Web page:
We Are the Ship:The Story of Negro League Baseball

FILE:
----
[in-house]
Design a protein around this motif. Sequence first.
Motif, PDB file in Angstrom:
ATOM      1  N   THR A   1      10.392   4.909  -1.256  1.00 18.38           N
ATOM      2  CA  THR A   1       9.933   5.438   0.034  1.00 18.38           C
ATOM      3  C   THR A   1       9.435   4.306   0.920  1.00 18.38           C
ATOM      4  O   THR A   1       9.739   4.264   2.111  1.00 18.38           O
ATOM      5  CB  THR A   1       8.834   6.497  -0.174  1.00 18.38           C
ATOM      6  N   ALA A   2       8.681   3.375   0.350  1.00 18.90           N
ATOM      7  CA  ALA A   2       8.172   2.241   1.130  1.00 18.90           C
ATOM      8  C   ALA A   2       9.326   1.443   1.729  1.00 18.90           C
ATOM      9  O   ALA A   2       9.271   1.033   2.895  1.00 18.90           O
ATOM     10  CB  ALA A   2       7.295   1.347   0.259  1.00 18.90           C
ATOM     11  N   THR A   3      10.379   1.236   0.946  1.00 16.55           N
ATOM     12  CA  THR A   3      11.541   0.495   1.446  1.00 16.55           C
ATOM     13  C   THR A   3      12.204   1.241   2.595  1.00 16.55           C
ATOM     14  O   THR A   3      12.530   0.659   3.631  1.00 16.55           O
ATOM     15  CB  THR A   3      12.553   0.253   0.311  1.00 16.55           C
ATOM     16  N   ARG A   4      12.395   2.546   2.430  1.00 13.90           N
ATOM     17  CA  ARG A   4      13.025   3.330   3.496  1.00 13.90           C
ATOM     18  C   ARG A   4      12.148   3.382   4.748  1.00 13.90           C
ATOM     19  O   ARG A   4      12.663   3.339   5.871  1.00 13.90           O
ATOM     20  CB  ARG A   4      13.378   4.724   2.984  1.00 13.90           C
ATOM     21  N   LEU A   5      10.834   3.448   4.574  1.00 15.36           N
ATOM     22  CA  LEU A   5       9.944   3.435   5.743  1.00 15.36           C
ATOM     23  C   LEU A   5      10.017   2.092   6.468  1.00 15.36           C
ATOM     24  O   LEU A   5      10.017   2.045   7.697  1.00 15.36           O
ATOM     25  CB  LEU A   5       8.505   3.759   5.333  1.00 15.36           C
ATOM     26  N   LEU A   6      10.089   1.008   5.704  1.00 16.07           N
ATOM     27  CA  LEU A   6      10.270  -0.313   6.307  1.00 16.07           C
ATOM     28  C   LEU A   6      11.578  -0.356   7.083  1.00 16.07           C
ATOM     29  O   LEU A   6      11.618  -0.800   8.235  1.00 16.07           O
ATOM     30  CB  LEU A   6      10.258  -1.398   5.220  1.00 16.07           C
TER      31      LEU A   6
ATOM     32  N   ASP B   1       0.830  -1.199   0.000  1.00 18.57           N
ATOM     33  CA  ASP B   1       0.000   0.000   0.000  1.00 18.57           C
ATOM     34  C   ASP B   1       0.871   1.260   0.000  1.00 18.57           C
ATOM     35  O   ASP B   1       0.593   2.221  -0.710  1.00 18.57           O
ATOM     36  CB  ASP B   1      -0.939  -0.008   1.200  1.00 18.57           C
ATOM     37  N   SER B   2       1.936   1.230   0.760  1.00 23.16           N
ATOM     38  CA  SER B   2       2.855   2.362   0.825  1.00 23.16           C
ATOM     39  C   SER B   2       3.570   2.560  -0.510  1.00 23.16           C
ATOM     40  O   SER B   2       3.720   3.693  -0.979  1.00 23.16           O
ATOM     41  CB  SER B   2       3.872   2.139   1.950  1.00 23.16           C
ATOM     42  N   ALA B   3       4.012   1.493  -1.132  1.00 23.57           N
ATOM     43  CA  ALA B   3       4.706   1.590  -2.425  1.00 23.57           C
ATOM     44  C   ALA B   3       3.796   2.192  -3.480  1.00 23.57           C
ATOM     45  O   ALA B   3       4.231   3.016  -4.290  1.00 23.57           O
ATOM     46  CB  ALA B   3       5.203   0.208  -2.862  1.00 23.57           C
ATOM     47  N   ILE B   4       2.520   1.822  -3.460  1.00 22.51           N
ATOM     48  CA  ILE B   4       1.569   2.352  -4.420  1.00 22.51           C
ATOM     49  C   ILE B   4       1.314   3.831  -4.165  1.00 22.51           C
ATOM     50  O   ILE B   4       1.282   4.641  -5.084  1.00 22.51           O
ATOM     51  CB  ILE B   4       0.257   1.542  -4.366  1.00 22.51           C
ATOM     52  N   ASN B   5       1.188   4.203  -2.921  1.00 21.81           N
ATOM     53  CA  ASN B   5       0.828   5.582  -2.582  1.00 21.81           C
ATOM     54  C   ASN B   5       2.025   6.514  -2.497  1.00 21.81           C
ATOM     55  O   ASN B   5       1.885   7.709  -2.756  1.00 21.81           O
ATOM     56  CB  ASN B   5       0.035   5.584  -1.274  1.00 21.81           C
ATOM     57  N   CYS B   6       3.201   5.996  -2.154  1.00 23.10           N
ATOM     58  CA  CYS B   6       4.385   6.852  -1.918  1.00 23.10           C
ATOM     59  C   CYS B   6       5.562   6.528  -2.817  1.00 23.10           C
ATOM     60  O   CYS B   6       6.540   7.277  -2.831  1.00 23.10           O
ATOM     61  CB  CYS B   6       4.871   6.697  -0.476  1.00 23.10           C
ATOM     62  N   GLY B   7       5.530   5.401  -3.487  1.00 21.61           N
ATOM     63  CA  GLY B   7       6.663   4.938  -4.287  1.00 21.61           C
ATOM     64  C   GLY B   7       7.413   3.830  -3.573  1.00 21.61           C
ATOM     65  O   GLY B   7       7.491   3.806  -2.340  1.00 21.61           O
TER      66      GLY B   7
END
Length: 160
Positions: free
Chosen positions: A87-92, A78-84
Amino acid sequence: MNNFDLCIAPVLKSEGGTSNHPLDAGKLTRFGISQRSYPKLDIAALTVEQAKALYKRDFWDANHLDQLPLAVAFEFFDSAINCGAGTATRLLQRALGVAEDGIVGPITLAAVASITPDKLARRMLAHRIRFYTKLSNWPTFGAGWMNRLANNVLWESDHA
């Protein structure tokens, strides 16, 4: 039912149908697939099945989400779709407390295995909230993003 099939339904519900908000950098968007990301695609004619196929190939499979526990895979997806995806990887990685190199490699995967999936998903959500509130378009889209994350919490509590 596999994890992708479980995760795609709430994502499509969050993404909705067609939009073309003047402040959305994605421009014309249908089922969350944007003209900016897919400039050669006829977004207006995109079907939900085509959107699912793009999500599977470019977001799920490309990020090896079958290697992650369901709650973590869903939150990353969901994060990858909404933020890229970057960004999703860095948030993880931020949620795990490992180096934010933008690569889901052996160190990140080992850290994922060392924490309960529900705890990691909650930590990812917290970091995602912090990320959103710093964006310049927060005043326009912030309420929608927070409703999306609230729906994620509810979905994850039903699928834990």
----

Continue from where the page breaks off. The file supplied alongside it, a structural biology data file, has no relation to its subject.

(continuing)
When Rube Foster founded the Negro National League in 1920, he told his colleagues, "We are the ship; all else the sea." You'll want to jump on that boat if Kadir Nelson is at the helm. He has illustrated award winners such as Moses: When Harriet Tubman Led the People to Freedom and Ellington Was Not a Street, but this is his first time out as both the illustrator and writer, and he proves to be a serious double threat. He tells the story of the rise and fall of baseball's Negro Leagues through the eyes of an everyday ballplayer who just happens to be witnessing history. The text has a casual naturalness that makes you feel like you're sharing a bag of peanuts with a former player while he spills his old stories. Nelson breaks the book into nine innings, each covering a topic relevant to the Negro Leagues, such as the owners, the barnstorming games against top-flight white teams, and the process that culminated with Jackie Robinson becoming the first black man to play in the majors in the modern era. Each section is packed with personalities and endless facts: Satchel Paige's pitching habits; sleeping arrangements on the road; the methods of paying the players; the heat coming up through the soles of the players' shoes in Latin America. Each painting is gorgeous and detailed: the center field ads pop, the action feels alive. Supposedly a book for kids, We Are the Ship is a must-read for all baseball fans. It is, by turns, heartbreaking, inspiring, comforting, unifying, and, ultimately, extremely satisfying. -

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